US 7422706 B2
A process for the preparation of hydrogen and carbon monoxide containing gas from a gaseous hydrocarbon feedstock by performing the following steps:
1. A process for the preparation of hydrogen and carbon monoxide containing gas from a gaseous hydrocarbon feedstock by performing the following steps:
(a) partially oxidating part of the feedstock thereby obtaining a first gaseous mixture of hydrogen and carbon monoxide; and,
(b) steam reforming part of the gaseous feedstock in a convective steam reformer comprising a tubular reactor provided with one or more tubes containing a reforming catalyst, wherein the exterior of the tubes of the tubular reactor is used to cool the hot gas as obtained in step (a) and wherein the exterior of the tubes is a metal alloy surface comprising between 0 wt % and 20 wt % iron and between 1 wt % and 5 wt % silicon.
2. The process of
3. The process of
4. The process of
5. The process of
6. The process of
7. The process
8. The process of
9. The process of
10. The process of
11. The process of
The invention is directed to a process for the preparation of a hydrogen and carbon monoxide containing product gas mixture from a gaseous hydrocarbon feedstock, by subjecting part of the gaseous feedstock to a partial oxidation step to obtain a first product mixture and part of the gaseous feedstock to an endothermic reaction in the presence of steam and/or carbon dioxide performed in a fixed bed tubular reactor to obtain a second product mixture, wherein the first product mixture is reduced in temperature by contacting said gas with the exterior of the tubular reactor.
Such a process is described in EP-A-168892 of applicant in 1986. According to this publication the endothermic reaction is preferably carried out in a fixed bed situated in at least one pipe in which a temperature of between 800 and 950° C. is maintained by routing at least part of the hot product gas from the partial oxidation along the pipe(s). According to this publication the combined partial oxidation and endothermic production of synthesis gas result in a better yield of synthesis gas, an increased H2/CO ratio, a lower usage of oxygen per M3 of syngas product obtained and a lower capital cost of the plant for the production of CO and H2-containing gas mixtures. An example of the process as described in EP-A-168892 is described in EP-A-326662.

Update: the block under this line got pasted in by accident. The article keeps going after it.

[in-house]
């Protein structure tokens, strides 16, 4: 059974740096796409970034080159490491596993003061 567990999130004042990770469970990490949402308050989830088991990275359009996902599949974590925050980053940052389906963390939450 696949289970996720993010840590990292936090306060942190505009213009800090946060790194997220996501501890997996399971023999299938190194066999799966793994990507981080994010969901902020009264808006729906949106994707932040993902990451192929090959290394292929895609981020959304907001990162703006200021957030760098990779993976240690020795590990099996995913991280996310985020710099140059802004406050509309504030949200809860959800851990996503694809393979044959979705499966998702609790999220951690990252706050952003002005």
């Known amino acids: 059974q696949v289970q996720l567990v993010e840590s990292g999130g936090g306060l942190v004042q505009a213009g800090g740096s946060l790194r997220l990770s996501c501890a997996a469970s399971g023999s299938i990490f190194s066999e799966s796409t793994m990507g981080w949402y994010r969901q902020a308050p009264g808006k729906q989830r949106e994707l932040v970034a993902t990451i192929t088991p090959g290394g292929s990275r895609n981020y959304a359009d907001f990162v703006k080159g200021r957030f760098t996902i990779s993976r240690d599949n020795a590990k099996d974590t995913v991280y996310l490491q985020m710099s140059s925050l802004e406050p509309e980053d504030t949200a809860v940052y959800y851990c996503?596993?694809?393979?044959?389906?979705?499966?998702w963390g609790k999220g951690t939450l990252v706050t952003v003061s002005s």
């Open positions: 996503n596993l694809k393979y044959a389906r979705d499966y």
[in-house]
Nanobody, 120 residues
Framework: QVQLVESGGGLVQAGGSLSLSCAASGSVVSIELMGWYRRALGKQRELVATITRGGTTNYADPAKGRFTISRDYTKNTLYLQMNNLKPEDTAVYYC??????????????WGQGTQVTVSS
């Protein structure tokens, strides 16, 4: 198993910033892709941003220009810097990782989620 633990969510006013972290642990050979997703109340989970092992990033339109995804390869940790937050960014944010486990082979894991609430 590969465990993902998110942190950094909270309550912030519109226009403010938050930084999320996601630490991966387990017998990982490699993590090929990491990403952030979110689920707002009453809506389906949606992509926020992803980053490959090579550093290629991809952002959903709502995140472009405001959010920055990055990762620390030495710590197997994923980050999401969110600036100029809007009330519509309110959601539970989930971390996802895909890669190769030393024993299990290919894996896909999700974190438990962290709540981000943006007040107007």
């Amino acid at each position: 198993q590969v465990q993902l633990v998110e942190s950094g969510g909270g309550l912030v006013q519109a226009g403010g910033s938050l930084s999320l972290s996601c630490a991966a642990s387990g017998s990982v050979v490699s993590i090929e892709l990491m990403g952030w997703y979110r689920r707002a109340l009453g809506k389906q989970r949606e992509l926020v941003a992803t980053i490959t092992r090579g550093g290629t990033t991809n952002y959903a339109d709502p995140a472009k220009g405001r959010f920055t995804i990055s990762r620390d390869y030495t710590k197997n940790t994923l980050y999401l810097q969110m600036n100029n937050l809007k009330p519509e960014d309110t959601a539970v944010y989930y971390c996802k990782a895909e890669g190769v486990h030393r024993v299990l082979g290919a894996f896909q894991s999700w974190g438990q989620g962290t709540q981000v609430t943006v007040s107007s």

EP-A-171786 discloses a similar process as EP-A-168892. The difference is that the product gas having the elevated temperature is not prepared by means of partial oxidation of natural gas but in a conventional reformer furnace wherein burners provide the required heat. This first process gas is then cooled in a so-called Enhanced Heat Transfer Reformer (EHTR) by routing this gas along the exterior of tubular pipes of the EHTR. EHTR reactors and the like are generally referred to as Convective Steam Reformer (CSR). These pipes contain a fixed bed of catalyst for performing an endothermic reforming reaction using a second part of the natural gas feed. The mixture of carbon monoxide and hydrogen as obtained within the tubes could be considered to be the second product gas. The product gas as obtained in the conventional reformer contains approximately 33% steam.
U.S. Pat. No. 6,224,789 discloses a similar process as described above except that the product gas having the elevated temperature is prepared from natural gas in a so-called Autothermal Reformer (ATR) in the presence of a Ni-containing catalyst and steam. The hot product gas is then contacted with the exterior of the reactor tubes of an EHTR like reactor.
The tubes of a Convective Steam Reformer are typically made from metal alloys comprised substantially of iron. Iron containing alloys are preferred because of their mechanical strength in combination with their relative low cost. Furthermore, usage of these alloys makes it possible to manufacture the complicated tube structures of such an apparatus. A disadvantage of the above apparatus is that in use, coke will form on the exterior surface of the tubes because part of the carbon monoxide reacts to form carbon and carbon dioxide. Furthermore, part of the surface will erode, eventually resulting in an unacceptably low mechanical integrity of the tubes. These effects are especially significant when the amount of steam in the hot gas is below 50 vol %. Such a hot CO and H2 containing gas, is for example, obtained when performing a partial oxidation of natural gas, refinery gas, methane and the like in the absence of added steam as described in WO-A-96/39354. There is thus a need for an improved process if one intends to operate a partial oxidation and a reforming process in combination, as for example described in EP-A-168892 or in EP-A-326662.